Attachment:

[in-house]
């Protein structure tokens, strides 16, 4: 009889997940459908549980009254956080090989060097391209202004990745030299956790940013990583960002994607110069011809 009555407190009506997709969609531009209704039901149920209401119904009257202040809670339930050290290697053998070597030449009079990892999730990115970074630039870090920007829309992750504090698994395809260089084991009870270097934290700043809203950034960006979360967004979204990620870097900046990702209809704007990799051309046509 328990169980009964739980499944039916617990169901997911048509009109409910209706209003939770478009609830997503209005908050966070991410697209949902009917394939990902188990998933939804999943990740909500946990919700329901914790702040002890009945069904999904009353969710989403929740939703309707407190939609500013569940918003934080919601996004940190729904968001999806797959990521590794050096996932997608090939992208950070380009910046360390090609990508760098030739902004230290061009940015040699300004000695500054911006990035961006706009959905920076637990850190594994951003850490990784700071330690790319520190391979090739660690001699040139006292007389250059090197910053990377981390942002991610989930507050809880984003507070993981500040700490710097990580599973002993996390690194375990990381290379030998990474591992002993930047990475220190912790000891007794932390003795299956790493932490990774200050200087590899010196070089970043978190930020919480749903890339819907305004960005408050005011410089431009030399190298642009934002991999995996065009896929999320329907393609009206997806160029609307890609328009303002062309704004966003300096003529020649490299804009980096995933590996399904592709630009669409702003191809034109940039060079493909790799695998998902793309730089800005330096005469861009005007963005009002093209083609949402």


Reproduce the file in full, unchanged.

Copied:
[in-house]
């Protein structure tokens, strides 16, 4: 009889997940459908549980009254956080090989060097391209202004990745030299956790940013990583960002994607110069011809 009555407190009506997709969609531009209704039901149920209401119904009257202040809670339930050290290697053998070597030449009079990892999730990115970074630039870090920007829309992750504090698994395809260089084991009870270097934290700043809203950034960006979360967004979204990620870097900046990702209809704007990799051309046509 328990169980009964739980499944039916617990169901997911048509009109409910209706209003939770478009609830997503209005908050966070991410697209949902009917394939990902188990998933939804999943990740909500946990919700329901914790702040002890009945069904999904009353969710989403929740939703309707407190939609500013569940918003934080919601996004940190729904968001999806797959990521590794050096996932997608090939992208950070380009910046360390090609990508760098030739902004230290061009940015040699300004000695500054911006990035961006706009959905920076637990850190594994951003850490990784700071330690790319520190391979090739660690001699040139006292007389250059090197910053990377981390942002991610989930507050809880984003507070993981500040700490710097990580599973002993996390690194375990990381290379030998990474591992002993930047990475220190912790000891007794932390003795299956790493932490990774200050200087590899010196070089970043978190930020919480749903890339819907305004960005408050005011410089431009030399190298642009934002991999995996065009896929999320329907393609009206997806160029609307890609328009303002062309704004966003300096003529020649490299804009980096995933590996399904592709630009669409702003191809034109940039060079493909790799695998998902793309730089800005330096005469861009005007963005009002093209083609949402």